RFR(S): 8132715: Add tests which check that no allocations allowed in any of humongous regions​

Thomas Schatzl thomas.schatzl at oracle.com
Wed Jun 22 12:16:10 UTC 2016

Hi Kirill,

On Tue, 2016-06-21 at 18:14 -0400, Derek White wrote:
> On 6/21/16 1:45 PM, Kirill Zhaldybin wrote:
> > 
> > Dear all,
> > 
> > Could please review this test for 8132715?
> > 
> > The test fills heap with humongous objects with a lot of wasted
> > space, 
> > then starts to allocate non-humongous objects and checks that no 
> > allocations happened in humongous regions.
> > There are 3 runs of the test: with filled 10%, 50% and 80% of heap.
> > 
> > CR: https://bugs.openjdk.java.net/browse/JDK-8132715
> > WebRev: 
> > http://cr.openjdk.java.net/~kzhaldyb/webrevs/JDK-8132715/webrev.01/
> > 
> > Thank you.
> > 
> > Regards, Kirill

  I would kind of prefer if the test took a more systematic approach,
i.e. increase the "opportunity" that allocations at the end of
humongous objects occur, and increase the kind of allocations that may

So the test first allocates one of three different kinds of humongous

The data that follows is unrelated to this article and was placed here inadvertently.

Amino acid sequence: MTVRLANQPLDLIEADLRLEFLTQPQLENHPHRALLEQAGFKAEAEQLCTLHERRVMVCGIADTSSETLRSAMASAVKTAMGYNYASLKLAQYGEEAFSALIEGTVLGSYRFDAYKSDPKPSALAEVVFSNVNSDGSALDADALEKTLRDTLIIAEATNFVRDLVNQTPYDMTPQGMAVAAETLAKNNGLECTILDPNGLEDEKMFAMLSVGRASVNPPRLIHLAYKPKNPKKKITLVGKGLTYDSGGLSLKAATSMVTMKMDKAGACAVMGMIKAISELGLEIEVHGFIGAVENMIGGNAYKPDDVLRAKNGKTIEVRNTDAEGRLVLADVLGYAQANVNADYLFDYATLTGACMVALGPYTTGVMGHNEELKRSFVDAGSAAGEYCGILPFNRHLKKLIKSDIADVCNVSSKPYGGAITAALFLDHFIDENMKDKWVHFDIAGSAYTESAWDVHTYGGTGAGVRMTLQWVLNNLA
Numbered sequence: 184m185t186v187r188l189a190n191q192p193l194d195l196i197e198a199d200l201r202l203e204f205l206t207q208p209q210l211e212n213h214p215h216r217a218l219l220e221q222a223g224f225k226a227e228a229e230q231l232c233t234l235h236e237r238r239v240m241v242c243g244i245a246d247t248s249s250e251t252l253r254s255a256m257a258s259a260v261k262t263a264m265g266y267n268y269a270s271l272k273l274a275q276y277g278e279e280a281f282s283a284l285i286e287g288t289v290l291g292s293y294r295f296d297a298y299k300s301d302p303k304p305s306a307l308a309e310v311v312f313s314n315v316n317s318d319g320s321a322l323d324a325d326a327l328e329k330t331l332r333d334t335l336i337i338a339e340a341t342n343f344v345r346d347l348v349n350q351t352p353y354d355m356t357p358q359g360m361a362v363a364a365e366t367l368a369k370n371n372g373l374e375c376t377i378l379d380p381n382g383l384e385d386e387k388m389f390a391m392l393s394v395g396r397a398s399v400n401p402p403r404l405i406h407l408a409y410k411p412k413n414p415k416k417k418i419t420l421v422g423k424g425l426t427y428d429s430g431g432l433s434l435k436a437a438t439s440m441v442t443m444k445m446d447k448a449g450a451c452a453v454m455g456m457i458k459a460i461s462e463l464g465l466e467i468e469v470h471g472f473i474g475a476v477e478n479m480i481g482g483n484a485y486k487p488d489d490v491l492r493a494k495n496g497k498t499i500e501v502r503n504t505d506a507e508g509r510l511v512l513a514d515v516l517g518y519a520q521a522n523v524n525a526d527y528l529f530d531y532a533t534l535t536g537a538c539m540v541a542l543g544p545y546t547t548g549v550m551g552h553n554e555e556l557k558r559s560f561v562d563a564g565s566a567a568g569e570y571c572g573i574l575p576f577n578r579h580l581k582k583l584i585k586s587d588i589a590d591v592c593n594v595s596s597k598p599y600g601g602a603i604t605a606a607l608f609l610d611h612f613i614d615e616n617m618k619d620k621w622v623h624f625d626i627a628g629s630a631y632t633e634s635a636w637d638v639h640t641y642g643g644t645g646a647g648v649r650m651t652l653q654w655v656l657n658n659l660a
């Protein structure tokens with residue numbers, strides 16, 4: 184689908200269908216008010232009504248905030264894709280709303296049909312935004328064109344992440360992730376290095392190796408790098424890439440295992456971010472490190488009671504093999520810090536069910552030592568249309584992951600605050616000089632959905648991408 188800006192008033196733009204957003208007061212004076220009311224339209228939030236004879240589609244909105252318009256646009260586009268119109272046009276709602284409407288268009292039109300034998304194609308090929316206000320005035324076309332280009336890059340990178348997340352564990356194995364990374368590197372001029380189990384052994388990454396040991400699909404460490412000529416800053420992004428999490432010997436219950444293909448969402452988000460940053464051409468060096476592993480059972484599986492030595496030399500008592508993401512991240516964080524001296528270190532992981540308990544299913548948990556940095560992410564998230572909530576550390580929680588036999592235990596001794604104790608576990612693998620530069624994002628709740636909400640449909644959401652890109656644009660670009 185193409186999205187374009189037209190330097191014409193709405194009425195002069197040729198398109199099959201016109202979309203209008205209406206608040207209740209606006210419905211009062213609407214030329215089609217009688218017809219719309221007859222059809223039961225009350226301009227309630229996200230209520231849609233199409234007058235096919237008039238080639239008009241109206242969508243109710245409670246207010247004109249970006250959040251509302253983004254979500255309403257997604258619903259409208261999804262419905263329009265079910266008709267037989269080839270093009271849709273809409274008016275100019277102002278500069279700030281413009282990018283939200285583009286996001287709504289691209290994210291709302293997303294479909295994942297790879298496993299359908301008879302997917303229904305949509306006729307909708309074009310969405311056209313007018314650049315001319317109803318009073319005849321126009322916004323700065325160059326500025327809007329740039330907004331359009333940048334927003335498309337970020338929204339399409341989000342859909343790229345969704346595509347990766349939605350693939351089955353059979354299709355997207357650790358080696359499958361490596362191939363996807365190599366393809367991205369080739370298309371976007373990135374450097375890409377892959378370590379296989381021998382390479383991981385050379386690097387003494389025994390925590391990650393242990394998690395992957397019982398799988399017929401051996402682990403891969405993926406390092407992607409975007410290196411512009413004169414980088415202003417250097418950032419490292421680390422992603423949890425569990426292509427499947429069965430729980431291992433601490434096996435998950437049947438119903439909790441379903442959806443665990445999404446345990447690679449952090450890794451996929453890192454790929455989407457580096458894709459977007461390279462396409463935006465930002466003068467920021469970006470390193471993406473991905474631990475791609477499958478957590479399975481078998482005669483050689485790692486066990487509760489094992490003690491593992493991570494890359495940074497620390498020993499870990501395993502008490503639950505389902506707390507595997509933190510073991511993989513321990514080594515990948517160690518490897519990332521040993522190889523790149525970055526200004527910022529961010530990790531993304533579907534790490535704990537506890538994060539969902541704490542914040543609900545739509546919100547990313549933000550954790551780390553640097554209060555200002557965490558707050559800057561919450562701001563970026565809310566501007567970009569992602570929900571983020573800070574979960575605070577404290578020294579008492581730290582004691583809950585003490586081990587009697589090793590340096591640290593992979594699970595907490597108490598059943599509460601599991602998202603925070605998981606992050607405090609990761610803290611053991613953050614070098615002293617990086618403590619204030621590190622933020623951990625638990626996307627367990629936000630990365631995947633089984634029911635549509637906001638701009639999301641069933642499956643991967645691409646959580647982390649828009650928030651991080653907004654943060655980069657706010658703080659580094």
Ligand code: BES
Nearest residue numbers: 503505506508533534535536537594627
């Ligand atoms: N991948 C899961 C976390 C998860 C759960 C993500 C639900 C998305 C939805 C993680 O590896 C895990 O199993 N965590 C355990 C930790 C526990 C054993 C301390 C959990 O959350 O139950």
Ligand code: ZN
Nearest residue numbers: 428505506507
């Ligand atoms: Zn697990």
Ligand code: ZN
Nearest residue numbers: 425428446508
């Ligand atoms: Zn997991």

objects (half a region, "just above a region" and "just above two

Then it allocates random object arrays, trying to make G1 allocate at
the end of an existing humongous object (apparently at least).

So, while the setup seems fairly okay, I am not sure whether
randomizing the initial humongous object sizes makes a lot of
difference (it does not to the allocator). Maybe, just maybe having all
of these in the test at the same time might make the test more
reproducable. It's not a big deal though.

My main concern is with the second part, the allocation of the "poison"
objects by the Allocator thread.
Since they are smaller than a region size, they will always be
allocated in young gen first. Which means, that it is very unlikely
(since they are fairly short living) that they may be allocated in old

So the amount of opportunities when such a bad allocation happens seems
too small.


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